The Defold engine has robust extension support, enabling developers to extend the functionality of Defold. There is also an Asset Portal where the community can share their work. The particular asset we are interested in is the RenderCam project available here. The key thing we want to locate is the URL of the extension.
Click the Copy Library URL link and the URL is copied to your clipboard. Now, remember I said earlier we would be revisiting the game.project settings? It’s time! Open game.project, locate the Dependencies section, then click the + icon.
Now paste the URL of the extension we want to install.
Finally, we want to have Defold install the extension in our game.
You will notice the extension was downloaded and added to your project.
Now that we have render cam enabled, let’s add a camera to our main.collection. Open main.collection, right-click the root of the collection in Outline, then choose Add Game Object File:
In the resulting file, choose camera.go:
One last step…. There is a script responsible for rendering. Defold ships with a default that we’ve been using so far, while rendercam has a replacement version with magic to make the new camera work. Back in game.project, in the bootstrap section, change the Render script to the .render file that was included in rendercam.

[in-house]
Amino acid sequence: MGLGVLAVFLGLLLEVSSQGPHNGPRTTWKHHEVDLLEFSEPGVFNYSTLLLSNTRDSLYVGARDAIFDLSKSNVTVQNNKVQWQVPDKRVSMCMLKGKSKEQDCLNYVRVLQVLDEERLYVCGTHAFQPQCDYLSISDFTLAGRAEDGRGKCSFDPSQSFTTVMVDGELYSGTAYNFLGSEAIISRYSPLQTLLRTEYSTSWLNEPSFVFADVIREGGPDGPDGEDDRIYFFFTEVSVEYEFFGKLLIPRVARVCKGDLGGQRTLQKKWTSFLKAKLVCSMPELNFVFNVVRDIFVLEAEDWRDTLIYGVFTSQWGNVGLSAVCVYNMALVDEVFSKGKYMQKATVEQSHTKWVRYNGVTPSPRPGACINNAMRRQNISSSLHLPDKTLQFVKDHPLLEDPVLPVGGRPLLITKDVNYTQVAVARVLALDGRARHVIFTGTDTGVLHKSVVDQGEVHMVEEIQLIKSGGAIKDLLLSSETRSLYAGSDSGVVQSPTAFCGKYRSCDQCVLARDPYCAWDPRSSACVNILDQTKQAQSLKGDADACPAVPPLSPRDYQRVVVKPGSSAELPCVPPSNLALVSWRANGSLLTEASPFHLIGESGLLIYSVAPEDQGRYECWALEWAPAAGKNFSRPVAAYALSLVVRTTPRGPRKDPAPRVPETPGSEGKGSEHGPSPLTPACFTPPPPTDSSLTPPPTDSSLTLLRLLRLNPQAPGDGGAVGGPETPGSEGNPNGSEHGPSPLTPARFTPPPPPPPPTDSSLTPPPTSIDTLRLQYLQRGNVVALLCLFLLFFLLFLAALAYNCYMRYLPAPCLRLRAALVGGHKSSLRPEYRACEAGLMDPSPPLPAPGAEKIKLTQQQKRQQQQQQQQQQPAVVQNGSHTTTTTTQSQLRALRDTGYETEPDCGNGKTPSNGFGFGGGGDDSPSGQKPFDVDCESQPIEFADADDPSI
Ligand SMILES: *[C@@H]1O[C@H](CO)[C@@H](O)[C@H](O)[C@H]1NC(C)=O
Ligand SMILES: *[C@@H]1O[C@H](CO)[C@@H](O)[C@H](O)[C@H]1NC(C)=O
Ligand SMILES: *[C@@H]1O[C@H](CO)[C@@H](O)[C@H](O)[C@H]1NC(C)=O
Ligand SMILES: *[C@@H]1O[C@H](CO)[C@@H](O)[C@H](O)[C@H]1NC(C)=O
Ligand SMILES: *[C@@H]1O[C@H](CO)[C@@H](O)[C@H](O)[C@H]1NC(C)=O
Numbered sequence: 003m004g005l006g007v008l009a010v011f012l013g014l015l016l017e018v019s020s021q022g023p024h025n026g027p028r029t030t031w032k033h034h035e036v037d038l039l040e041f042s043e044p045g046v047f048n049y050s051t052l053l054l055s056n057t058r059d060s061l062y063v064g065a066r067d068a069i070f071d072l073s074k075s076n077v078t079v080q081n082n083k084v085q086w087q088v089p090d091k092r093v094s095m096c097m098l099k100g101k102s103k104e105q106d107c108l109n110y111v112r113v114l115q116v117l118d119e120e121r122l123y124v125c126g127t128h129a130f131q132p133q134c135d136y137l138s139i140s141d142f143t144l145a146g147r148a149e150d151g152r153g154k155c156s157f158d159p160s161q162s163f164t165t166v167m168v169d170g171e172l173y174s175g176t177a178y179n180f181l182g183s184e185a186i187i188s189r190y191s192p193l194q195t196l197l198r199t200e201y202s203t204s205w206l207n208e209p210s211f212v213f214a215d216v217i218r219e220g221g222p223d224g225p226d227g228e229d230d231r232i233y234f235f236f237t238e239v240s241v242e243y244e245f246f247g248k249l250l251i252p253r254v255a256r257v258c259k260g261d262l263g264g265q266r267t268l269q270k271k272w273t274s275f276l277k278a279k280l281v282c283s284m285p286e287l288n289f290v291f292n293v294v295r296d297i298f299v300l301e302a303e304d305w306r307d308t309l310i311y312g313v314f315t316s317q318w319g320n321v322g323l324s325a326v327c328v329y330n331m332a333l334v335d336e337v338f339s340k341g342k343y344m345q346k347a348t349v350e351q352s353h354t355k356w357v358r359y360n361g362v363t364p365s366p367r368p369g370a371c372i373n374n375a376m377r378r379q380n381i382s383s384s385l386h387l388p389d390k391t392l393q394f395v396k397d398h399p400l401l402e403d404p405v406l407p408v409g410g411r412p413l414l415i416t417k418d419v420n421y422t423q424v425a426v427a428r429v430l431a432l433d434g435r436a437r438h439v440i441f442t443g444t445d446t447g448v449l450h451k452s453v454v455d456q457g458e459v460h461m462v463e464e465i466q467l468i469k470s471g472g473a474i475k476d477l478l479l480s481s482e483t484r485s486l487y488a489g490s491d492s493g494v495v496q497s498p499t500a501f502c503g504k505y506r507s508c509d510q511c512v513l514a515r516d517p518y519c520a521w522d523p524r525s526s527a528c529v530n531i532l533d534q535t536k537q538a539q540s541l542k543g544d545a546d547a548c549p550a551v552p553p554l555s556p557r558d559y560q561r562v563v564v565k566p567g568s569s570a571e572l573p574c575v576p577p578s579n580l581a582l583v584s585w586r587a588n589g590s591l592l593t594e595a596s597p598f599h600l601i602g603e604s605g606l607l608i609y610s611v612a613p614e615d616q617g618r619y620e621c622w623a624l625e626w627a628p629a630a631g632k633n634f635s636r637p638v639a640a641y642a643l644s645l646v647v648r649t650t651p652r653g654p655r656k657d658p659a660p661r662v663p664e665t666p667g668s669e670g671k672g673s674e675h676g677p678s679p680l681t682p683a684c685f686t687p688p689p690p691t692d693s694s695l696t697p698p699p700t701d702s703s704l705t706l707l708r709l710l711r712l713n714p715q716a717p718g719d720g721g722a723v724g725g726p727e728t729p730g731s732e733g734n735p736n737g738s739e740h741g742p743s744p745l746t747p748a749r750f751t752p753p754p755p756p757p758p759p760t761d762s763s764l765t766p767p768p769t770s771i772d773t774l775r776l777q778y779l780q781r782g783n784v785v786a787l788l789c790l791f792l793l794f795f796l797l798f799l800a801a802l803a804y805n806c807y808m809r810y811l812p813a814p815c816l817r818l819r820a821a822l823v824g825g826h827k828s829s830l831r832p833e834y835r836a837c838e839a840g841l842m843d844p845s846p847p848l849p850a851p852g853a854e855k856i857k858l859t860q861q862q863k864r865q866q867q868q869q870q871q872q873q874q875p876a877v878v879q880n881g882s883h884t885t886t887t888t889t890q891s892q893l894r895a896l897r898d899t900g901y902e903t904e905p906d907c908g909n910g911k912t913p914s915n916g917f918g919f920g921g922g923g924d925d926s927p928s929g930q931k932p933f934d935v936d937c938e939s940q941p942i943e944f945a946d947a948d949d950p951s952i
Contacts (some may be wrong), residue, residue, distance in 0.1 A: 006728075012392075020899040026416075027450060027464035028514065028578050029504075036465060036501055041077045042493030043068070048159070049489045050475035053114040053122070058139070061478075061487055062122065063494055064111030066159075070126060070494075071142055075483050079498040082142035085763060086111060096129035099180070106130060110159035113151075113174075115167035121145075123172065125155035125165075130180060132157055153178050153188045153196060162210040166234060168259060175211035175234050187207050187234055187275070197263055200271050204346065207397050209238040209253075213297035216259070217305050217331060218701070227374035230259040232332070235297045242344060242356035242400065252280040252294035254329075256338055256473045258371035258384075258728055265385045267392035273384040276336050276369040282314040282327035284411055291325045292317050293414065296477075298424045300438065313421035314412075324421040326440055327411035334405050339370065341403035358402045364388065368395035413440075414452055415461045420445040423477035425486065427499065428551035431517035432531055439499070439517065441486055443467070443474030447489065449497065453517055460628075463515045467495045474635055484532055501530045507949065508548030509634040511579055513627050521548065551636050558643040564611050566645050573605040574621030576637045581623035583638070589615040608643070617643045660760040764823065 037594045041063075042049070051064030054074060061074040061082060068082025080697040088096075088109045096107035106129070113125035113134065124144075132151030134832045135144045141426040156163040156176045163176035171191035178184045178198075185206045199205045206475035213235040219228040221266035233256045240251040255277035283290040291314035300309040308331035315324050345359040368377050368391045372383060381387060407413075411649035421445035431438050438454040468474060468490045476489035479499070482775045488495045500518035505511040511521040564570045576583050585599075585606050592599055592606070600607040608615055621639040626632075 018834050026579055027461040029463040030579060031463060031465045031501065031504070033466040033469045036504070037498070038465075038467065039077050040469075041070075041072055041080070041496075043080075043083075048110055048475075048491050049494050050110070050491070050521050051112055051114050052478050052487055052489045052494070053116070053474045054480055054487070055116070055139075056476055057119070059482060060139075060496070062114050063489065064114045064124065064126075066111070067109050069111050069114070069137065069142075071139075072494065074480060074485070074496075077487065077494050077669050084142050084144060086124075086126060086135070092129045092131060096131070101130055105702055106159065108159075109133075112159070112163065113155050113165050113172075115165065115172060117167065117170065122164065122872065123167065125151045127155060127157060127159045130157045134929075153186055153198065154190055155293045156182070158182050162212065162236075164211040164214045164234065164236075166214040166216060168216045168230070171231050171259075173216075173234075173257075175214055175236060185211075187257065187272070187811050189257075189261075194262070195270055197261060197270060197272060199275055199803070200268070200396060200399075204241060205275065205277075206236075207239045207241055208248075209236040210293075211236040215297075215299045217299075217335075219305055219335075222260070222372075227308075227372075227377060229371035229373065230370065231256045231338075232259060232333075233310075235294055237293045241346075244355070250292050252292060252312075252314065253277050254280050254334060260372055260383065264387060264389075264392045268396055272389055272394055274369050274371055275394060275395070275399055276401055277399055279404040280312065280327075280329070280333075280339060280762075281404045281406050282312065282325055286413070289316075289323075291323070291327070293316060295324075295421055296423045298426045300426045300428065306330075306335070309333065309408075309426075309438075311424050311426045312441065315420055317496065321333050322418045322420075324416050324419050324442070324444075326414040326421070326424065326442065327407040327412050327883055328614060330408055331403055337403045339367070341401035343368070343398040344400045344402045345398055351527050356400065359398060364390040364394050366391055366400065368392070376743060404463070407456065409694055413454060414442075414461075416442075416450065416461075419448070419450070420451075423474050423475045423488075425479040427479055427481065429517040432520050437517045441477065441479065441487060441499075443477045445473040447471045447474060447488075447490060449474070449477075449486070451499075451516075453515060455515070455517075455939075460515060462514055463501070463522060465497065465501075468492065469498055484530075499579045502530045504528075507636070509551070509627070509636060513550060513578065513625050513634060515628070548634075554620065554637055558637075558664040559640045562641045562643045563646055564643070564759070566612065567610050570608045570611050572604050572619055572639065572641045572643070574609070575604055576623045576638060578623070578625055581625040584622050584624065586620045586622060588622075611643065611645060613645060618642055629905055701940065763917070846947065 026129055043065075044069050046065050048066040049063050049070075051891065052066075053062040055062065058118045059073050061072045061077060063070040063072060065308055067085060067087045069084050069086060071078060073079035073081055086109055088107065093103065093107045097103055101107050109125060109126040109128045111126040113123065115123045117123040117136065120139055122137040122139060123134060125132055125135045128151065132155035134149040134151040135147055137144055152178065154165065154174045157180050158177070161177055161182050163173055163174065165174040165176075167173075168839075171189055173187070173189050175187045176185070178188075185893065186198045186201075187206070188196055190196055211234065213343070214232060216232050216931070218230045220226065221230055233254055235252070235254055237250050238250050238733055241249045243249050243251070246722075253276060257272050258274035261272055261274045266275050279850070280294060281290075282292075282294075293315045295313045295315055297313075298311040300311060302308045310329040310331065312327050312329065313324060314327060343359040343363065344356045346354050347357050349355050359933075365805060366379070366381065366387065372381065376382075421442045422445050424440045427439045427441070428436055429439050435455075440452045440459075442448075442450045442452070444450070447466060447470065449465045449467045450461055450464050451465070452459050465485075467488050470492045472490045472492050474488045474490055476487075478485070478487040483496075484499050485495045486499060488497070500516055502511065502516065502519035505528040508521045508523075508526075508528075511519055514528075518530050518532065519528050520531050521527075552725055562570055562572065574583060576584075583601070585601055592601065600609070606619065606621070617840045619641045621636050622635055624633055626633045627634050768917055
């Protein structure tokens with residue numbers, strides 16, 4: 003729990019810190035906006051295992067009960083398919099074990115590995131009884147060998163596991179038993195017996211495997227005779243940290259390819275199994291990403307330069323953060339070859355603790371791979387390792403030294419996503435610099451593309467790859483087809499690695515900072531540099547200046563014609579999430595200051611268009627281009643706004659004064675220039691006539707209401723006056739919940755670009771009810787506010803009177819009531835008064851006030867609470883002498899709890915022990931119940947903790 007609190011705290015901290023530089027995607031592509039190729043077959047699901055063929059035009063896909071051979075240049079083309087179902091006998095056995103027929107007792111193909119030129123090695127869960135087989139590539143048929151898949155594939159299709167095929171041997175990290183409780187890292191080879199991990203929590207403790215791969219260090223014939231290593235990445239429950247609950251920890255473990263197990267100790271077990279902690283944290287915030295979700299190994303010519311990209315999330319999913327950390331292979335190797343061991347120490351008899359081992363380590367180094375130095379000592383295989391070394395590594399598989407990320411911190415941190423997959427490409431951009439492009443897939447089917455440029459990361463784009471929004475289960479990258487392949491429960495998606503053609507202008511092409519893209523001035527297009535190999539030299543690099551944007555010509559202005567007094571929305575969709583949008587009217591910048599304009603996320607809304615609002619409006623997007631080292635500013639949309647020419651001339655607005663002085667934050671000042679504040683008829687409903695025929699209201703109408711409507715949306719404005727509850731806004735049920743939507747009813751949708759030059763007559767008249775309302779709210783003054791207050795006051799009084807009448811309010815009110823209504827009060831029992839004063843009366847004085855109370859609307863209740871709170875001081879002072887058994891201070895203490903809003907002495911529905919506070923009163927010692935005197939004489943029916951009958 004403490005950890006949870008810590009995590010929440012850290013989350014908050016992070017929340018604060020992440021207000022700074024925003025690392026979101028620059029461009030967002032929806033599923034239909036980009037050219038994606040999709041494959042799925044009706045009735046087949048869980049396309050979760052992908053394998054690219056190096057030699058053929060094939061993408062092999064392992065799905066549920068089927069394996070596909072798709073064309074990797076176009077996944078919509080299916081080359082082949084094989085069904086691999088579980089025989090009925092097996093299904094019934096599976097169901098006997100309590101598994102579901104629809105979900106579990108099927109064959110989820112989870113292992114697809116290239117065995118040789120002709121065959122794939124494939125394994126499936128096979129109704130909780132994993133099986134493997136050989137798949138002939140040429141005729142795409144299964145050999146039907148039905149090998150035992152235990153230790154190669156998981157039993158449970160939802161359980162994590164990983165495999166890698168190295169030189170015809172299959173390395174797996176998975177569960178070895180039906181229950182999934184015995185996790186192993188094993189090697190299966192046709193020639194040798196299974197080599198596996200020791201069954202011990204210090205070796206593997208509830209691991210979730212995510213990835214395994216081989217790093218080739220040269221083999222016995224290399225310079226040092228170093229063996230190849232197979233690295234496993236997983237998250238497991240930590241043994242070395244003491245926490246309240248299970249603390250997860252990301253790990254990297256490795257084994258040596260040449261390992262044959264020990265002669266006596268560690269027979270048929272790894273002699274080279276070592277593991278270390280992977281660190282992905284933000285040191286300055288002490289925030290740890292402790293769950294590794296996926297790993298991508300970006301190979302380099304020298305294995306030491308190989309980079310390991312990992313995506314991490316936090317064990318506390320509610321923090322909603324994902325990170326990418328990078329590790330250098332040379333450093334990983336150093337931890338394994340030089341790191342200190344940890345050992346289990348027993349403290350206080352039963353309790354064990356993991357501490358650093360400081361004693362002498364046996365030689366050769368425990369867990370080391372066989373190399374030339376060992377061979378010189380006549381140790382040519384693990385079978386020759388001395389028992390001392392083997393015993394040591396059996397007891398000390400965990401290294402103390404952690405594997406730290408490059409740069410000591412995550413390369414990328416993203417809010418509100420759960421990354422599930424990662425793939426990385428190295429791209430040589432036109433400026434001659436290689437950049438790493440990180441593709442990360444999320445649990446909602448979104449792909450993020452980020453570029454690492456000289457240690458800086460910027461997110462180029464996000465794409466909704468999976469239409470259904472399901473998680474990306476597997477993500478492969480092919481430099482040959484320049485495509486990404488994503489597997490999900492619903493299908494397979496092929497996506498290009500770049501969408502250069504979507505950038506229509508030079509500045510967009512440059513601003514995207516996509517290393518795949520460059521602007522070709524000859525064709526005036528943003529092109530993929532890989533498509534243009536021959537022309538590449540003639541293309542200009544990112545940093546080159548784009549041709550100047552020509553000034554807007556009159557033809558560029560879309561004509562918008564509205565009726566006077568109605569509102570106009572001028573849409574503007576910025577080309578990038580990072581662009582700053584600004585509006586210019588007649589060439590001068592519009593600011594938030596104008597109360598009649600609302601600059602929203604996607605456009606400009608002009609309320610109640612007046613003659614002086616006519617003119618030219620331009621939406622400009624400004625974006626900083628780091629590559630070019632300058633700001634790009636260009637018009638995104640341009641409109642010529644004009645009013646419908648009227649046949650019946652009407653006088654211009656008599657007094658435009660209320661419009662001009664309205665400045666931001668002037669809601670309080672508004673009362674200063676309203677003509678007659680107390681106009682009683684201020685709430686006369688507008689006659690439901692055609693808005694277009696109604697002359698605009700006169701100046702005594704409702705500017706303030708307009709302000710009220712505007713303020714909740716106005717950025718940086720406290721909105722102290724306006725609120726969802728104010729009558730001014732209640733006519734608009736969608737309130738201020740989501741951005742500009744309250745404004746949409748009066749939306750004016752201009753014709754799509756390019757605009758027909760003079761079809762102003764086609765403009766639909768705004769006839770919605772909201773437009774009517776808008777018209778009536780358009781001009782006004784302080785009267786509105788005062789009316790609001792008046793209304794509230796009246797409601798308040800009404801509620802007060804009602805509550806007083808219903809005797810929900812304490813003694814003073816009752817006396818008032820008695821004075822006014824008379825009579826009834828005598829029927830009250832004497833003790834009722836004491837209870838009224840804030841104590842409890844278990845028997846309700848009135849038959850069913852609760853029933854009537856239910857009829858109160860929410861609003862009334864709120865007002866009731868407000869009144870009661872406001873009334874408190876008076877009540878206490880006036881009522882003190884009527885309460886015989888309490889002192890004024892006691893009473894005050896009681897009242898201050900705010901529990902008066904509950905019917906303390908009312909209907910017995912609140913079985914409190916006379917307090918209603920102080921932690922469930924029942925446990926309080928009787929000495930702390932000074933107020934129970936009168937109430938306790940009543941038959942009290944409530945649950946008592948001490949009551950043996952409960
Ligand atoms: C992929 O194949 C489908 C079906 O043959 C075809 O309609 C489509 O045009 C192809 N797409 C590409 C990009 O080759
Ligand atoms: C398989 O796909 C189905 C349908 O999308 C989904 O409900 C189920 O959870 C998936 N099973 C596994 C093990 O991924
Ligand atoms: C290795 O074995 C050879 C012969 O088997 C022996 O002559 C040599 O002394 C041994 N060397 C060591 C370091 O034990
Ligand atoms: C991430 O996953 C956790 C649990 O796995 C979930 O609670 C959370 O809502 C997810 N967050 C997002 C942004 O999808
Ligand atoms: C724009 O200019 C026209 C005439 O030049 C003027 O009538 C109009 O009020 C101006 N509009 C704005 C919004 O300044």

Now we have an advanced camera that can do some pretty funky things… like screen shake and more importantly…. Automatically scale our window from one resolution to another. Select camera.script under camera.go:
When working with pixel art, you often want to work with a much lower resolution like 320×200, but have it flawlessly remap it to the greater resolution modern hardware is capable of running. Rendercam takes care of exactly this for us. There are a number of settings we want to configure in this script:
The Near and Far Z values match the values we put in the Z-axis for our various different layers (foreground, background, etc). This basically tells the camera how “deep” to look for data to render. We are also working with a virtual resolution of 320×200, which will cause our graphics to be zoomed greatly. So tick Use View area, set the view area resolution, then click Expand view to fill the window to our new virtual resolution.
Well, that was a lot… we looked at how to install extensions, installed, added, and configured a camera that makes pixel art look and feel super easy…. So, how’s our game looking now? Hit F5 to find out.
MUCH BETTER! Now we are getting somewhere. Remember earlier when we created a game object for our Player layer and said we’d create the player… welcome to later!